Issuu on Google+

Does It Provide Answers to Current Challenges in Higher Education and Research? Edited by Tatjana Muravska, Žaneta Ozoliņa


Interdisciplinarity in Social Sciences: Does It Provide Answers to Current Challenges in Higher Education and Research? Edited by Tatjana Muravska, Žaneta Ozoliņa

Contributing authors: Alexandre Berlin, Zane Cunska, Manfred J. Holler, Guna Japiņa, Sylvain Jouhette, Roswitha M. King, Juris Krūmiņš, Ilona Kunda, Iasonas Lamprianou, Kristīne Medne, Indriķis Muižnieks, Nils Muižnieks, Tatjana Muravska, Žaneta Ozoliņa, Romāns Putāns, Fernando Reis, Inna Šteinbuka, Anete Vītola, Zane Zeibote

University of Latvia Press


UDK 378.4 In 720 Contributing authors: Alexandre Berlin, Zane Cunska, Manfred J. Holler, Guna Japiņa, Sylvain Jouhee, Roswitha M. King, Juris Krūmiņš, Ilona Kunda, Iasonas Lamprianou, Kristīne Medne, Indriķis Muižnieks, Nils Muižnieks, Tatjana Muravska, Žaneta Ozoliņa, Romāns Putāns, Fernando Reis, Inna Šteinbuka, Anete Vītola, Zane Zeibote. Interdisciplinarity in Social Sciences: Does it Provide Answers to Current Challenges in Higher Education and Research? Riga, University of Latvia Press, 2011, p. 232, il. Editors

Tatjana Muravska, Žaneta Ozoliņa

Reviewers

Professor Dr. habil. Rainer Arnold, Chair of Public and Comparative Law, Jean Monnet Chair ad Personam, University of Regensburg, Germany Professor Dr. habil. Kęstutis Kriščiūnas, Jean Monnet Professor, Director, Institute of Europe, Kaunas University of Technology, Lithuania Professor Dr. Tiiu Paas, Chair of Economic Modeling, Faculty of Economics and Management, Tartu University, Estonia Professor Dr. habil. Baiba Rivža, Full Member of the Latvian Academy of Sciences, Latvia

The publication of this book was supported by:

EUROPEAN COMMISSION REPRESENTATION IN LATVIA

Layout Andra Liepiņa Cover design Agris Dzilna Proof reader Denīze Ponomarjova

© European Commission Representation in Latvia, 2011 © University of Latvia, 2011

ISBN 978-9984-45-433-7


Contents Acknowledgement ....................................................................................................

5

Preface .........................................................................................................................

6

Pierre Mairesse Director, European Commission, General Directorate Education and Culture

Foreword .....................................................................................................................

9

1. Educational and Demographic Trends ............................................................ 11 Sylvain Jouhee, Fernando Reis, Inna Šteinbuka Eurostat, European Commission Education and its Role in the EU 2020 Strategy: Statistical Aspect ............. 12 Zane Cunska, Juris Krūmiņš Diverse Educational and Professional Paths of Tertiary Graduates in Latvia .............................................................................................. 35 Ilona Kunda, Nils Muižnieks Resource Base for the Social Sciences and Humanities in Latvia: Sufficient for Expecting Rapid Development of the Field? ........................... 53 2. Monodisciplinarity vs Interdisciplinarity: Conflicts, Dilemmas and Potentials ................................................................. 65 Kristīne Medne, Tatjana Muravska Interdisciplinarity: Dilemmas within the Theory, Methodology and Practise ............................................................................................................ 66 Žaneta Ozoliņa, Anete Vītola Interdisciplinary Research Today – its Preconditions and Opportunities for Facilitation ............................................................................. 87 Roswitha M. King Perspectives on Interdisciplinarity in Academia ............................................. 102 Indriķis Muižnieks, Romāns Putāns Scientific Research Today – Challenges and Solutions for Latvia ................ 112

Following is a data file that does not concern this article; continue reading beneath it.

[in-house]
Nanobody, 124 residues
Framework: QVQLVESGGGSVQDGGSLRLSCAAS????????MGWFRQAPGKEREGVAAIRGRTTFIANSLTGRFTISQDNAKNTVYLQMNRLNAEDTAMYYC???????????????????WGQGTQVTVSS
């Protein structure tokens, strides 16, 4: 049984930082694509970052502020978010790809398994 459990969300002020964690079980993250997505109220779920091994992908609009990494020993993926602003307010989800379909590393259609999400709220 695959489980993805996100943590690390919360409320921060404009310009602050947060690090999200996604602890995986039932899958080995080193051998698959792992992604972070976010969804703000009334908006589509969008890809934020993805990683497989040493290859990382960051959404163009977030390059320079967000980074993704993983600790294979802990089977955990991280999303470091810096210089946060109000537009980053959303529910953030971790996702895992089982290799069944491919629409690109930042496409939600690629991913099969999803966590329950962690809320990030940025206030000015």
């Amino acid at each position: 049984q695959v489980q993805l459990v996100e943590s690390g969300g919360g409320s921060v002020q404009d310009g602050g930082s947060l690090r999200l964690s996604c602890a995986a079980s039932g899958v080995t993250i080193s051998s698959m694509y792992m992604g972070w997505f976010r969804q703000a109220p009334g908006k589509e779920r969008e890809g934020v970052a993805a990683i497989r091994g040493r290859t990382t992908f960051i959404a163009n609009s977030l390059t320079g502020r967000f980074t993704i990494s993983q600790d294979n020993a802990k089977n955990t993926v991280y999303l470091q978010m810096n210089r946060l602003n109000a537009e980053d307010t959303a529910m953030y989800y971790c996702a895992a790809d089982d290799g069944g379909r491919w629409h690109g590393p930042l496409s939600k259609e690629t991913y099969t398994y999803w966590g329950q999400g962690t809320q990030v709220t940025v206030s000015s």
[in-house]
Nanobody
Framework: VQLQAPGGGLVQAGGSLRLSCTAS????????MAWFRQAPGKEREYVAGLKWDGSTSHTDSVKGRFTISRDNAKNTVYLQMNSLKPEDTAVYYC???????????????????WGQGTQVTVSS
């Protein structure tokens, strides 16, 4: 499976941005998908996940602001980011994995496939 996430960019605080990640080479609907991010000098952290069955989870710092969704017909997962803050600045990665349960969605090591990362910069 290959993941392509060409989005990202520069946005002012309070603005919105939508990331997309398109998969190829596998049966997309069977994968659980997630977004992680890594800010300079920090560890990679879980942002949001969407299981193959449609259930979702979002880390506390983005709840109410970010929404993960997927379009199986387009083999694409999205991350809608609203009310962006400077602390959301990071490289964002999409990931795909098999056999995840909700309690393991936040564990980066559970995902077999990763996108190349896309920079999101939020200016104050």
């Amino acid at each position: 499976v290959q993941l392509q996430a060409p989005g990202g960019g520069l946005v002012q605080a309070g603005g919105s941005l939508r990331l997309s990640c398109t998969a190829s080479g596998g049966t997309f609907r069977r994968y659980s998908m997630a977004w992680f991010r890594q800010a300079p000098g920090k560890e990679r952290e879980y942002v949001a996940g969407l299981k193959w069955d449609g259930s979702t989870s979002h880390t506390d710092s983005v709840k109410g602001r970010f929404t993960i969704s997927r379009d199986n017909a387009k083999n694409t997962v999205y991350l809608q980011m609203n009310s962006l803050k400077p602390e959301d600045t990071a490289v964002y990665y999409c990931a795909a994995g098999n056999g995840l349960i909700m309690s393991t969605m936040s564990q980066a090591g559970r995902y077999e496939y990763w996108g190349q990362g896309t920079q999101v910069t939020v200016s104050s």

3. Interdisciplinarity in Academic and Non-academic Seings: Methods and Models .......................................................................................... 131 Alexandre Berlin Interdisciplinarity as an Increasingly Implied and Applied Concept ......... 132 Iasonas Lamprianou Interdisciplinary Research Methods in Social Sciences: Advances and Applications ................................................................................. 152 Tatjana Muravska Interdependence of Studies: European Studies as an Example of an Interdisciplinary Educational Programme .................................................. 165 Guna Japiņa Interdisciplinary Approach in the EU Policy Making Processes: in Preparation of Latvia’s Presidency of the EU Council .............................. 175 Manfred J. Holler The Two-dimensional Model of Jury Decision Making ................................. 193 Zane Zeibote Interdisciplinary Aspects of Researching Competitiveness of Business Clusters .............................................................................................. 205 Final Remarks ............................................................................................................ 224 About the Authors .................................................................................................... 226